About Me

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Hussam has been a lifelong human rights activist who is passionate about promoting democratic societies, in the US and worldwide, in which all people, including immigrants, workers, minorities, and the poor enjoy freedom, justice, economic justice, respect, and equality. Mr. Ayloush frequently lectures on Islam, media relations, civil rights, hate crimes and international affairs. He has consistently appeared in local, national, and international media. Full biography at: http://hussamayloush.blogspot.com/2006/08/biography-of-hussam-ayloush.html

Thursday, September 20, 2012

Explaining First Amendment to Muslims outraged by video

Explaining First Amendment to Muslims outraged by video

Posted on | September 18, 2012
Press Enterprise
David Olson
A motorcycle goes up in flames during a protest in front of the U.S. consulate Tuesday in Chennai, India. AP Photo

I attended the annual Council on American-Islamic Relations media breakfast in Anaheim this morning.

It’s an event that the Greater Los Angeles chapter of CAIR puts together every year to link reporters with Muslim sources, offer information on Islam and discuss issues in the news.

Of course, Islam has been in the news a lot lately, as Muslims in more than 20 countries have protested an anti-Muslim video produced in Southern California. Steven Klein, a consultant for the film and an anti-Muslim activist for years, lives in Hemet.

CAIR has repeatedly condemned the violent reaction to the video.

But Hussam Ayloush, executive director of the local CAIR chapter and a Corona resident, and Mohammed Faqih, imam of the Islamic Institute of Orange County, said American Muslims could do more.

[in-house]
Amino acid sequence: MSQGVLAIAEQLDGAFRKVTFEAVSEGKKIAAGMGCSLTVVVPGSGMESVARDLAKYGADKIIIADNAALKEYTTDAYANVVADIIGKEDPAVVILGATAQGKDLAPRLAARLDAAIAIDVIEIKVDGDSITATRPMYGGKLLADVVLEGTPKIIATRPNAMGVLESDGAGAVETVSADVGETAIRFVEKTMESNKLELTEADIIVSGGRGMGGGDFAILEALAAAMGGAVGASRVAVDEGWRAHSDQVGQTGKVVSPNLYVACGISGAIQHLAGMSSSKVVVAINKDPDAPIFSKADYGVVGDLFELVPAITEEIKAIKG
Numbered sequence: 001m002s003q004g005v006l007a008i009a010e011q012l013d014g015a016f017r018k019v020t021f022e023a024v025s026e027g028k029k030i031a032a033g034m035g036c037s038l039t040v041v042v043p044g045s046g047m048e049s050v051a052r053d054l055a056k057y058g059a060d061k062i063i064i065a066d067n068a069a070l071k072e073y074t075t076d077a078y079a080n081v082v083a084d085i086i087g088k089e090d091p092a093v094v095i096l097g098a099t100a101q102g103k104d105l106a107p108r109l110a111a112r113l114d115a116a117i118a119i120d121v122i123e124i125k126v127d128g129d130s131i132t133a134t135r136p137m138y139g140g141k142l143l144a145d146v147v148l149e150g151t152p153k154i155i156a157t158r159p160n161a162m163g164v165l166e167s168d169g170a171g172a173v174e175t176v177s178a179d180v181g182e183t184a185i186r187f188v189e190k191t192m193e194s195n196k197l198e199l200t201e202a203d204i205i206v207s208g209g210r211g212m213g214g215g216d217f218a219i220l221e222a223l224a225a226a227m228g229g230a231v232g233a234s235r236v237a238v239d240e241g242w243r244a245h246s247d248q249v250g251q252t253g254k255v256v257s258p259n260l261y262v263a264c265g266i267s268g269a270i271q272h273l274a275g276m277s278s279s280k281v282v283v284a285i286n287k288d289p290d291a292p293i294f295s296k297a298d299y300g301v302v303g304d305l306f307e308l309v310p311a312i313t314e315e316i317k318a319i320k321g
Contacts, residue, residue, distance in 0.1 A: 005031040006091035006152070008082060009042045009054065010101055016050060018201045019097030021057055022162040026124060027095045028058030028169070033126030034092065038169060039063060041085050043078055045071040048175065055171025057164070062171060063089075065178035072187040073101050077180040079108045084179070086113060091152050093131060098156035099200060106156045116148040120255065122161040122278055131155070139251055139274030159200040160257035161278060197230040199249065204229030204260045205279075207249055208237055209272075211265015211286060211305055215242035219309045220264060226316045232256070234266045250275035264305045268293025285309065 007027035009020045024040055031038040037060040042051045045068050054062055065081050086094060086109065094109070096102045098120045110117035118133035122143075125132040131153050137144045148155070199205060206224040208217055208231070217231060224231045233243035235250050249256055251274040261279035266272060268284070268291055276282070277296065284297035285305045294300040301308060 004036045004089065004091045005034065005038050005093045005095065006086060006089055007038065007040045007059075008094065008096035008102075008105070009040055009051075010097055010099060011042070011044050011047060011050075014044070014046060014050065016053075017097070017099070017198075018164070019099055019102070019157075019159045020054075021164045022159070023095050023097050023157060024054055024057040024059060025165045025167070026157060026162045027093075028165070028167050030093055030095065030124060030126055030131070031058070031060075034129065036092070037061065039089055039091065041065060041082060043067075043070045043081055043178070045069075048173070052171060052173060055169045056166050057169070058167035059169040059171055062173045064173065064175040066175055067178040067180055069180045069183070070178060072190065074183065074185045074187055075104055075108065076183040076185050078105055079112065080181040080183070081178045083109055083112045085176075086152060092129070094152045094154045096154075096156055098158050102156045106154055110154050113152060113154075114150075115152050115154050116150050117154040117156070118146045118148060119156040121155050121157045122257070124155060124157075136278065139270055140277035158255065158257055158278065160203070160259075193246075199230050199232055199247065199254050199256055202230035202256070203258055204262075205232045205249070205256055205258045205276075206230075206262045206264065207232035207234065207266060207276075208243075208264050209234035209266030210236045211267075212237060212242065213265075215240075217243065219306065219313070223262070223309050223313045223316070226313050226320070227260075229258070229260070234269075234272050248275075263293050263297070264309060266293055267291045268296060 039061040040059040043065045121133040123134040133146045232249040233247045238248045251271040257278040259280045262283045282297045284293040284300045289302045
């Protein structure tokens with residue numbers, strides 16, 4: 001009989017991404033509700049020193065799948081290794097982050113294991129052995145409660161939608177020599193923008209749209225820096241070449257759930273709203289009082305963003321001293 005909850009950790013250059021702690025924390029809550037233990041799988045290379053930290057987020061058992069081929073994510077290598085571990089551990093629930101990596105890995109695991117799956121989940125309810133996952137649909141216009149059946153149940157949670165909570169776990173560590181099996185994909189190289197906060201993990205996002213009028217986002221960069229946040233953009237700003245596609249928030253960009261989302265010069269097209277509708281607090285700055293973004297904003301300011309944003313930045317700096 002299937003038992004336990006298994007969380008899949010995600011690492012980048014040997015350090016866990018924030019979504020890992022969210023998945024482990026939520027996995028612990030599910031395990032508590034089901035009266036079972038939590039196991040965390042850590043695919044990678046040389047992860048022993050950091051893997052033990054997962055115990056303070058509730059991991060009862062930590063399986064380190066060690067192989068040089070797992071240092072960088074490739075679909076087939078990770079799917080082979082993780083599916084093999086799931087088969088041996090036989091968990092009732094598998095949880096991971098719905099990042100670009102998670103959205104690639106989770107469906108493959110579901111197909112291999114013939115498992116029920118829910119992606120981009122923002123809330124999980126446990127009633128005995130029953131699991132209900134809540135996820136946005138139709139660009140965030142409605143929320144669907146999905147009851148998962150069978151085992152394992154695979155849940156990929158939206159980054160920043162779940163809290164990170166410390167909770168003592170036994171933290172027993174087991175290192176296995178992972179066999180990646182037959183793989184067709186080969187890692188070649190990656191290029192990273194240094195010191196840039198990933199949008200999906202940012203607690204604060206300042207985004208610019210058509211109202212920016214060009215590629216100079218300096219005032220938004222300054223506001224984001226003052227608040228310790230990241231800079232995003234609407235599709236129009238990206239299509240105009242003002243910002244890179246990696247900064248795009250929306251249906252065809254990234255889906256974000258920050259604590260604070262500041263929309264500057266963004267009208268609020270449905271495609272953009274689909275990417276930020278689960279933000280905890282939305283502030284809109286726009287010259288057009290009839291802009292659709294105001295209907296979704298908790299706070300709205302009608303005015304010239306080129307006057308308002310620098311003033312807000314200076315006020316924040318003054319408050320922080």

Faqih said Muslims in the United States can act as “a bridge between east and west,” so Americans better understand Muslims and Muslims around the world better understand American culture and laws.

Ayloush said one reason for the violent reaction to the video was a lack of understanding of the First Amendment.

“We have not explained what the First Amendment means,” he said.

In much of the world, insulting or denigrating a religion is illegal. Many Muslims in other countries wonder why the U.S. government doesn’t ban the video.

Even Egyptian President Mohamed Morsi asked why the U.S. government didn’t punish the filmmakers.
Secretary of State Hillary Clinton last week explained free-speech protections by stating, “We do not stop individual citizens from expressing their views no matter how distasteful they may be.”

Ayloush said that in the past few days, he has been explaining the First Amendment to Muslims abroad.
He said Muslims from the Middle East have told him that the United States has a double standard. Surely the U.S. government punishes people who criticize Israel, deny the Holocaust occurred or insult Jesus, they say.
But Ayloush explains to them that Americans are allowed to criticize Israel and that – no matter how repugnant the beliefs are – people are allowed to deny the Holocaust existed or to insult Jesus (who is a prophet for Muslims).

“People are shocked,” Ayloush said. “They didn’t know that.”

Ayloush also explains that the same First Amendment that protects the hateful video allows Muslims and others to worship freely.

“That helps,” he said. “They understand.”

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